Making of a secessionist


Only after one injustice too many

Khadim Hussain Soomro’s The Great Game and the Indus Valley is a multifaceted book. What has interested me most is the way the book portrays the development of the thinking of G M Syed after 1947.

G M Syed was an outstanding leader of the Sind Muslim League in the 1930’s and early 40’s. He was present with Jinnah on the stage in Lahore when the 1940 Pakistan Resolution was passed. He got the motion in favour of Pakistan through the Sindh Assembly. Later, Syed developed reservations about the politics of both the Congress and Muslim League. He opposed the former on account of its penchant for a strong centre and the latter for what he now considered its communal agenda that he had himself once pursued with fanatical zeal. He stood now for maximum rights for provinces under a loose federation which he feared neither the Congress nor the Muslim League was willing to concede. The issue of provincial autonomy was very much in the air in the 40’s. This explains the commonly agreed wording of the Lahore Resolution which states that “the areas in which the Muslims are numerically in majority as in the North-Western and Eastern zones of India should be grouped to constitute independent states in which the constituent units shall be autonomous and sovereign”.

Syed accepted the partition of India with an open mind though. After the creation of Pakistan, he worked hard to create a countrywide opposition party to keep under check the communal, anti-federal, and undemocratic tendencies in the new rulers.

In 1948, at Syed’s initiative, a number of politicians from all over West Pakistan joined hands to form the People’s Party. Later, Syed brought together prominent politicians from Punjab, NWFP, Balochistan and East Pakistan to form the Anti One Unit Front aimed at the restoration of the provinces of West Pakistan. The Front was later merged into the short lived Pakistan National Party. In 1957, he was an active partner in the creation of National Awami Party, a broad-based all-Pakistan outfit. The party struggled for the economic and political rights of the people, empowerment of the provinces within a loose federation and an independent foreign policy. Syed and other leaders of the NAP believed in change strictly through parliamentary means.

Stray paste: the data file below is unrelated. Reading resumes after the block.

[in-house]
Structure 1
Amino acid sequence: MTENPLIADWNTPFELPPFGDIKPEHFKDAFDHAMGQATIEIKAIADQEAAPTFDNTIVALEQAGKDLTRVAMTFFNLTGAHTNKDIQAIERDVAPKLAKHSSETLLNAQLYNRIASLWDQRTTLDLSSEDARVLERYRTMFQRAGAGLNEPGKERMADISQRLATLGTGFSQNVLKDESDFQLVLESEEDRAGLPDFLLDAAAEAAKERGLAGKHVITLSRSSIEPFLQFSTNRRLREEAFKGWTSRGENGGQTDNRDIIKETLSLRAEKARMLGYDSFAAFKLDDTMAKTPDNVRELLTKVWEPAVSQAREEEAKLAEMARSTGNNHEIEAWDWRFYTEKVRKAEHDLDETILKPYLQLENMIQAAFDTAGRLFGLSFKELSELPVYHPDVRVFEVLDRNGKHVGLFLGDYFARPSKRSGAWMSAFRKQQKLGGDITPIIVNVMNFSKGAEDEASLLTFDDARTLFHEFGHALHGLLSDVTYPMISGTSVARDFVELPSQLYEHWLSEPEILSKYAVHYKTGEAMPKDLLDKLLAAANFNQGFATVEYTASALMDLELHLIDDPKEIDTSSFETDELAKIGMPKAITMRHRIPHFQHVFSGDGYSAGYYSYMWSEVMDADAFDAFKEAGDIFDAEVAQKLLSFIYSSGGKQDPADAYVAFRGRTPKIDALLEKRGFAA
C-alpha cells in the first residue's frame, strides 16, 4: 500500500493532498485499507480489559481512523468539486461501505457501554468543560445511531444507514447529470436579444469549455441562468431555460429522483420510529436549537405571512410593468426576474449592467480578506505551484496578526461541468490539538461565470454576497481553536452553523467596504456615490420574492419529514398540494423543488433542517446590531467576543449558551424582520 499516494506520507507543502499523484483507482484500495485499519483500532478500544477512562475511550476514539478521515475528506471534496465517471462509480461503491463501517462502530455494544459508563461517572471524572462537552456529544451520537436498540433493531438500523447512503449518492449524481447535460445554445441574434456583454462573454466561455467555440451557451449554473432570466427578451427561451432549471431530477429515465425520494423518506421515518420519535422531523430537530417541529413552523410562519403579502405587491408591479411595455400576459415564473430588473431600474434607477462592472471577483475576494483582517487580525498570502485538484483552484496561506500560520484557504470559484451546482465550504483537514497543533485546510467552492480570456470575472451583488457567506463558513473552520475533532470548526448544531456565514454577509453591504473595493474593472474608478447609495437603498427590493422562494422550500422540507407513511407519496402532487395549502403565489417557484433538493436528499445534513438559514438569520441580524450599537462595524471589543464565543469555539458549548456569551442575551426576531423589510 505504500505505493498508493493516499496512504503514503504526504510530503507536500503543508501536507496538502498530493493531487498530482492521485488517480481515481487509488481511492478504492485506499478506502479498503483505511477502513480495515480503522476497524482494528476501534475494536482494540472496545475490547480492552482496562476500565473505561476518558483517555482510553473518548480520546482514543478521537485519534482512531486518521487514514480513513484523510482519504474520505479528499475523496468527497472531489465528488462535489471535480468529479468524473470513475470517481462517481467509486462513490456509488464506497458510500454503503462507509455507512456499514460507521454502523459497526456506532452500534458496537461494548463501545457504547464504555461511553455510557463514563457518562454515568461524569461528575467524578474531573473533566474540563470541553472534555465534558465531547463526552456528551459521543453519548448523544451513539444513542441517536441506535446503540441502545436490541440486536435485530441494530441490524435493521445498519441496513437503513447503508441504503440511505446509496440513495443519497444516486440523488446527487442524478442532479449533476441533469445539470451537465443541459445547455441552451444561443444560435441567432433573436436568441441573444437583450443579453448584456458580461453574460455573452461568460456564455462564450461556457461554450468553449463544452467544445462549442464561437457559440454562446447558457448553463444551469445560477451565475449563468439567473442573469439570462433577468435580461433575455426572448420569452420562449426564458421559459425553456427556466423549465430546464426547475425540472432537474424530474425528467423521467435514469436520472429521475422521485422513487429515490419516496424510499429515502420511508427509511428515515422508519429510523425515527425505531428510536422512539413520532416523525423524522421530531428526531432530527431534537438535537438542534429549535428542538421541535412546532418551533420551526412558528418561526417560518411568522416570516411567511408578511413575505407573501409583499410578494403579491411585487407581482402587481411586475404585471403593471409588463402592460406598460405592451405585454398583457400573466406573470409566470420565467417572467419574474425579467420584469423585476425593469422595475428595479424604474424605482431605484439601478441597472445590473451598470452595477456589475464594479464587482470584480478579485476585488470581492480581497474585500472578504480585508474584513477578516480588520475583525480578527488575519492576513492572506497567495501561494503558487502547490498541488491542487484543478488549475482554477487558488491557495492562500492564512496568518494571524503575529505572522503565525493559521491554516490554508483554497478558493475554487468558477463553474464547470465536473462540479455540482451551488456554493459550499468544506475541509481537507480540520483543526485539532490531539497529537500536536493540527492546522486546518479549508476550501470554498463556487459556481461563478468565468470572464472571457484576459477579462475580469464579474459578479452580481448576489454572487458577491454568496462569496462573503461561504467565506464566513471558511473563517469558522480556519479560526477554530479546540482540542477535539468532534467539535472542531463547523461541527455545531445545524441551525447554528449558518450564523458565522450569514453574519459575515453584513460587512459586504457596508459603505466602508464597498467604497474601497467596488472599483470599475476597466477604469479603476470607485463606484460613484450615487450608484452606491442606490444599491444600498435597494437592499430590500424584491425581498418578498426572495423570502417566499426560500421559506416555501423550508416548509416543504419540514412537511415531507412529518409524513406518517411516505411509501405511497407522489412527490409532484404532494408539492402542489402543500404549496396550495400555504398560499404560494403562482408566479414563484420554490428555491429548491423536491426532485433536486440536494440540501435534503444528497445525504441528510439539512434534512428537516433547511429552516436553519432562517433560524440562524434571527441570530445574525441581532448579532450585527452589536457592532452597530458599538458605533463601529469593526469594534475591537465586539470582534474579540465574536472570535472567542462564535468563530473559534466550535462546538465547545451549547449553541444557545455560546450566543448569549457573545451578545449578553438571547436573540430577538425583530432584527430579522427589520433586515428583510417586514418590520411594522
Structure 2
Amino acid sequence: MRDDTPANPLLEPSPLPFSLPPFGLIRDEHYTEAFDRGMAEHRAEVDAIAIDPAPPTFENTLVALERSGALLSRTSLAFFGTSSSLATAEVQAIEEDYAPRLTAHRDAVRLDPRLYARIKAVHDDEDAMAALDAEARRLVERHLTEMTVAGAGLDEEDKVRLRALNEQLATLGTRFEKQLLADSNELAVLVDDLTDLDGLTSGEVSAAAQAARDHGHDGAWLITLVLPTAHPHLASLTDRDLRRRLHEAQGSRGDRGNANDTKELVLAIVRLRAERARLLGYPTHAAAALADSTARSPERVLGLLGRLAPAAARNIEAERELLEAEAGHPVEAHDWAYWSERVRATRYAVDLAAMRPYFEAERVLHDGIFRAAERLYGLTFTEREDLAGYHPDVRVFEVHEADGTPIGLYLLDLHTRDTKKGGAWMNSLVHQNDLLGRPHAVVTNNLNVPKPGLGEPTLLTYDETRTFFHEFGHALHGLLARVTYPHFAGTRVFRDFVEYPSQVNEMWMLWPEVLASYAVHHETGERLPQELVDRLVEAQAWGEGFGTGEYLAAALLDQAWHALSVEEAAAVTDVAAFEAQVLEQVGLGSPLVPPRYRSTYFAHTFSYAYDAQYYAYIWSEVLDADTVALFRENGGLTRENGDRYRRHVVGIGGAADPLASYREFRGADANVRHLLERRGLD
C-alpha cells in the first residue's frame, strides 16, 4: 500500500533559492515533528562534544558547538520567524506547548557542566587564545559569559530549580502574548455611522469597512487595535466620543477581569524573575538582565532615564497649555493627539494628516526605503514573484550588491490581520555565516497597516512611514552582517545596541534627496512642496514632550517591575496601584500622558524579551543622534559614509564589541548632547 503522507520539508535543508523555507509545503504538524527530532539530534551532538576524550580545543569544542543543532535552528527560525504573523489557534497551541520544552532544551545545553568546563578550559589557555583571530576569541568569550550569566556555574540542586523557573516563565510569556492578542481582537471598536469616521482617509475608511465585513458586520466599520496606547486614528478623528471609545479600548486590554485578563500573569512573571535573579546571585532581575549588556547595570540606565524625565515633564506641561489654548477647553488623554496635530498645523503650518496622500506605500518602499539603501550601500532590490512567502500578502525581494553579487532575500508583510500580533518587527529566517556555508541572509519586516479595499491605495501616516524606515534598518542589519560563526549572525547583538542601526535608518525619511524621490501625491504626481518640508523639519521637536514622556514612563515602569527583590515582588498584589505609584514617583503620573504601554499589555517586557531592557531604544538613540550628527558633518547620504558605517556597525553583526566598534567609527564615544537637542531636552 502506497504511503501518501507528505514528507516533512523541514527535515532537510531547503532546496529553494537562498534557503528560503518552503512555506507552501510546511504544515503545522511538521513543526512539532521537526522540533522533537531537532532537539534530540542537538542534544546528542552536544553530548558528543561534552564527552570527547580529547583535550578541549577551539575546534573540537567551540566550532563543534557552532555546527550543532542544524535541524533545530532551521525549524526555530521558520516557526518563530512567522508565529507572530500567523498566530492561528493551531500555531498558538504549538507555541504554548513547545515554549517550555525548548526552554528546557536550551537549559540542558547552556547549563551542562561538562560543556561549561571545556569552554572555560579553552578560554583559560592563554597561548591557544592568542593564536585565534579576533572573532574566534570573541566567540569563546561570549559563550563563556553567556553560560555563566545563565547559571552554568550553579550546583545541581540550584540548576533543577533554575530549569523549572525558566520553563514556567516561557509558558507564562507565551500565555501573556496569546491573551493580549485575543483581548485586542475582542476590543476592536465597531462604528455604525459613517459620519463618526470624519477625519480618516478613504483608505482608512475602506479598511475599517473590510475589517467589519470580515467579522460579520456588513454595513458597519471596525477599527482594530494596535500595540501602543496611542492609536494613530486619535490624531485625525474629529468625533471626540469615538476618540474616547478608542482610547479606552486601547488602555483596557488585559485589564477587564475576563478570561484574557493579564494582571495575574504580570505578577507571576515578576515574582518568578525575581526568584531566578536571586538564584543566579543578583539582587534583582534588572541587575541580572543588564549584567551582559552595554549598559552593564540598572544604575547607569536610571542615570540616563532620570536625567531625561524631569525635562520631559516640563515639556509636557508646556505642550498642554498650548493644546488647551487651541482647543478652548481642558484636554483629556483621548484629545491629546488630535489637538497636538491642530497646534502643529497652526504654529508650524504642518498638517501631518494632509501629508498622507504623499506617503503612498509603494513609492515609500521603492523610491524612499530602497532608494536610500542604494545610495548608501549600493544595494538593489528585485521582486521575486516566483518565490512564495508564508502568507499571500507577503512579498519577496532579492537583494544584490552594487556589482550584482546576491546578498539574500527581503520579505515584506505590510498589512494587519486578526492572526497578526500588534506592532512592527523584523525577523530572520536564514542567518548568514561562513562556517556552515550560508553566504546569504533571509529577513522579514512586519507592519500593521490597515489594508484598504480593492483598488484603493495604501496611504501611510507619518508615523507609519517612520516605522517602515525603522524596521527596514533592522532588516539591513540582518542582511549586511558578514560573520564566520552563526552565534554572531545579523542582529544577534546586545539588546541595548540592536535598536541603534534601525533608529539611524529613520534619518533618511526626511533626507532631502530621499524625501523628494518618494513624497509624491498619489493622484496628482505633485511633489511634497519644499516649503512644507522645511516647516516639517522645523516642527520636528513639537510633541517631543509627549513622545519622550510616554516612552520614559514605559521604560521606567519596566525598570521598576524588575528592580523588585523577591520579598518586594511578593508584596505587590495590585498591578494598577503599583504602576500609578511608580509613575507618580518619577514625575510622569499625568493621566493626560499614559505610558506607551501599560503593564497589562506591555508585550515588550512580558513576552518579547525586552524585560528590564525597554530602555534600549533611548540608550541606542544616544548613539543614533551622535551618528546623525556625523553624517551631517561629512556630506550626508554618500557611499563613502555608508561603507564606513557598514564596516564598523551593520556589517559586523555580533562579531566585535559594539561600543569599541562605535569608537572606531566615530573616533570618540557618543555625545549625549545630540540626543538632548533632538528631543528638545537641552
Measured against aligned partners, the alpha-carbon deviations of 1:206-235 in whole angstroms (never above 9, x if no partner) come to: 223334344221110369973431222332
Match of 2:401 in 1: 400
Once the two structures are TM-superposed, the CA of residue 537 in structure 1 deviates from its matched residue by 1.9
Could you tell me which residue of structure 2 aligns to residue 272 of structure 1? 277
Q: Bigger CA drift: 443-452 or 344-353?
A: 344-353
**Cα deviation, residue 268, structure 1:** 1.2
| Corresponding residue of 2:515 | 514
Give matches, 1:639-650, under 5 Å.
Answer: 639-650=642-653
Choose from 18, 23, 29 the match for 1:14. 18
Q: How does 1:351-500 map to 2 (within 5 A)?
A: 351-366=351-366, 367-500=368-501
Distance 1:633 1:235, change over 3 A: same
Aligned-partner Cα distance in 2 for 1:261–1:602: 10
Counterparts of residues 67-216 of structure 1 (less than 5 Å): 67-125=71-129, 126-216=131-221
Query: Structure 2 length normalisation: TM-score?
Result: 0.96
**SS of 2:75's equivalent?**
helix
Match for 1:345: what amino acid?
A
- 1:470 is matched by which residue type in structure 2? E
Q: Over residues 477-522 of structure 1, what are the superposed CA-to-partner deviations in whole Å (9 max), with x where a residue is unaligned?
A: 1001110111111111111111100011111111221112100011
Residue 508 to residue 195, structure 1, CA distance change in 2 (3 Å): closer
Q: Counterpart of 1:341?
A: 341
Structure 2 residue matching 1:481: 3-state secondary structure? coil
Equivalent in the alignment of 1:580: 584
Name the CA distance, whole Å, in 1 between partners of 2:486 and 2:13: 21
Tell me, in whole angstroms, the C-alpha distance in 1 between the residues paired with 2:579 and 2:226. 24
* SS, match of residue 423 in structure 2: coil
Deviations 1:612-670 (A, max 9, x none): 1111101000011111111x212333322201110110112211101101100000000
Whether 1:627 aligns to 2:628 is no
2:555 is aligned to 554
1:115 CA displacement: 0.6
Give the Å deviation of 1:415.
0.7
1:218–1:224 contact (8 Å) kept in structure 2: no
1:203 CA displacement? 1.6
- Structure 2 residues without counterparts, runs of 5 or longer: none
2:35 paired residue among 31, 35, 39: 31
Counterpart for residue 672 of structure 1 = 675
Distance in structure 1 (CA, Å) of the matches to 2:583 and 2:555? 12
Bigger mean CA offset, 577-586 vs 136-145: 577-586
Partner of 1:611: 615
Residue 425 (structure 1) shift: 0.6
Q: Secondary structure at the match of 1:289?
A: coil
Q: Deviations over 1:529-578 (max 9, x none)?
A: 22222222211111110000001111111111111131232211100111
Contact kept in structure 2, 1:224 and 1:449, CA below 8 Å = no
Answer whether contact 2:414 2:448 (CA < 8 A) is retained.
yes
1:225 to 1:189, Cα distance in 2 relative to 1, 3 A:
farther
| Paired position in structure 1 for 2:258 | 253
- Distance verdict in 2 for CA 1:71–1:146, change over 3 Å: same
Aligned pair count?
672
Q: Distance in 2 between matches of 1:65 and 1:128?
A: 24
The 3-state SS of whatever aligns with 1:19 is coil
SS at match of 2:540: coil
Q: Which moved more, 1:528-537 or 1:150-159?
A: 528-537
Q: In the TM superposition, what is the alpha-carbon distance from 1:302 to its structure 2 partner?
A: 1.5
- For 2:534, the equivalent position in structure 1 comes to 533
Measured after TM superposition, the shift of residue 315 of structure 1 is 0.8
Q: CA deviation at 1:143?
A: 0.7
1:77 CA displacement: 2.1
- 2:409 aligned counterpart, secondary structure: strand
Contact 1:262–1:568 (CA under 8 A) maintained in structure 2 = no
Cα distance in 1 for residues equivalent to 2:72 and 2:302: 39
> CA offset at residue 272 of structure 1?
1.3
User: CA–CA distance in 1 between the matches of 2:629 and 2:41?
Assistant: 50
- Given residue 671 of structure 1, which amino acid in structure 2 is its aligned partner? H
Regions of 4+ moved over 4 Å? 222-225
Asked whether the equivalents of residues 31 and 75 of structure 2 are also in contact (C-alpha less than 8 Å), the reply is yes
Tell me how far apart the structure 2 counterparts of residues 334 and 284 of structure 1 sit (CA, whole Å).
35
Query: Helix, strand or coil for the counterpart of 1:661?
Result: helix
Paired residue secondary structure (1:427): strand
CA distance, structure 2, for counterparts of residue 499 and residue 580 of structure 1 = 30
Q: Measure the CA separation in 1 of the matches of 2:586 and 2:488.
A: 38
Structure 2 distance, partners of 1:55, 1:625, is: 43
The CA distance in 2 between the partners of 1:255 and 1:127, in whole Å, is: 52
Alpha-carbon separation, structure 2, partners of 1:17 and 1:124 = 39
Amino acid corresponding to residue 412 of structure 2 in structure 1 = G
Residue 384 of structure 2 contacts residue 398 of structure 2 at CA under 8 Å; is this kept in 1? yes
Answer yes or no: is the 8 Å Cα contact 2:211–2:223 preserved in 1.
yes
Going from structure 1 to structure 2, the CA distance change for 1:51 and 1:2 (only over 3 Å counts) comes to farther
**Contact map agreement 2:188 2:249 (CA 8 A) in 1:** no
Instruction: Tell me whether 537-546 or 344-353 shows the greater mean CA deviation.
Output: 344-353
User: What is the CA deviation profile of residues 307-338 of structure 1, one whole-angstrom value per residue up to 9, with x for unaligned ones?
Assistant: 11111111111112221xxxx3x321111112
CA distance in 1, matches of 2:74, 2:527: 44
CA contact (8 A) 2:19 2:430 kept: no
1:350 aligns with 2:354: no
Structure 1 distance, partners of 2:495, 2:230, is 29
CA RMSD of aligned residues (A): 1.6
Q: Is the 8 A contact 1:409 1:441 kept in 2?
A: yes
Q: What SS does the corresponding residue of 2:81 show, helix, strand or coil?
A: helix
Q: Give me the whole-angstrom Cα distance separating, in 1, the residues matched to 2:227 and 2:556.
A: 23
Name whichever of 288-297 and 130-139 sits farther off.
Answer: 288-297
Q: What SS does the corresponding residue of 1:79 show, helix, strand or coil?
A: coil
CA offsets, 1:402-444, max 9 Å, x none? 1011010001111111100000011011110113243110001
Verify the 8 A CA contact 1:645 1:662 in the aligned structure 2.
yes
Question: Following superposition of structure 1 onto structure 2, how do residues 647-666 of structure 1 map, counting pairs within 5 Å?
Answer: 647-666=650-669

Syed was first elected to the Sindh Assembly and then to the West Pakistan Assembly. Inside the assembly, he directed his criticism against the authoritarian tendencies that had become further strengthened with power passing over to Liaquat Ali Khan. Syed had already rejected the Objectives Resolution introduced after Jinnah’s death as a divisive measure which he said would turn Pakistan into a theocratic state. He also underlined the dangers to the unity of the federation posed by the accumulation of power in a strong centre.

The ruling elite was however deadly opposed to the enlightened views of the leaders of the new opposition. In the early years of the country’s history, the establishment t was presided over by the bureaucracy which was soon replaced by the army belonging mainly to Punjab and UP. Malicious propaganda was launched against the new opposition through an obscurantist section of the media. Leaders like G M Syed, Bacha Khan, Abdus Samad Achakzai, Bhashani and Mian Iftikharuddin were dubbed as secessionists, traitors and agents of India, Afghanistan and Soviet Union.

The propaganda coincided with repression of a most barbarous type. Bacha Khan who was a member of the Constituent Assembly remained in custody most of the time during the existence of the constitution making body. He was on a tour of NWFP in 1948 when he was arrested and sent to jails outside the province. In Charsadda, the police fired at a peaceful meeting of the Khudai Khidmatgars killing, according to an official handout,17 persons. Earlier, G M Syed had been detained fir three months. Both Bacha Khan and G M Syed spent a fairly significant part of their lives languishing in jails.

By 1973, a disappointed GM Syed bade good bye to the idea of a united Pakistan and announced support for a separate Sindhu Desh. In his words, “We have lost hope to get our national and provincial rights through parliament.” Similar experiences had earlier forced Bhashani, who had campaigned for the inclusion of Assam in Pakistan, to announce in 1970 that he was bidding farewell to a united Pakistan. Bacha Khan was so fed up with all this that he decided not to be buried in the country.

The establishment’s policies continue to turn many in smaller provinces into separatists. Khair Bux Marri and Ataulllah Mengal were doing politics in the context of a federation till the constant denial of provincial autonomy combined with successive military operations forced them into becoming separatists. Bugti who remained wedded to the idea of federation and parliamentary politics till the end was killed under the orders of Musharraf. Te tragic incident forced many Balochis to conclude that the parliament is no more than a talk shop while there is no federal institution including the courts to stop forced disappearances and killings of Balochi youth. The way the security agencies have defied the authority of the SC during the hearings in Quetta would further strengthen the alienation in Balochistan.

The writer is a former academic and a political analyst.


  1. All those leaders who were staunch Pakistani and demanded the rights of their people through democratic means were labelled as secessionists and separatists. They were oppressed by those elements who were mere opportunists. This process disappointed the local leadership to the point of no return. Alas! the people of Pakistan do not understand that Patriotism is the last refuge of scoundrels.

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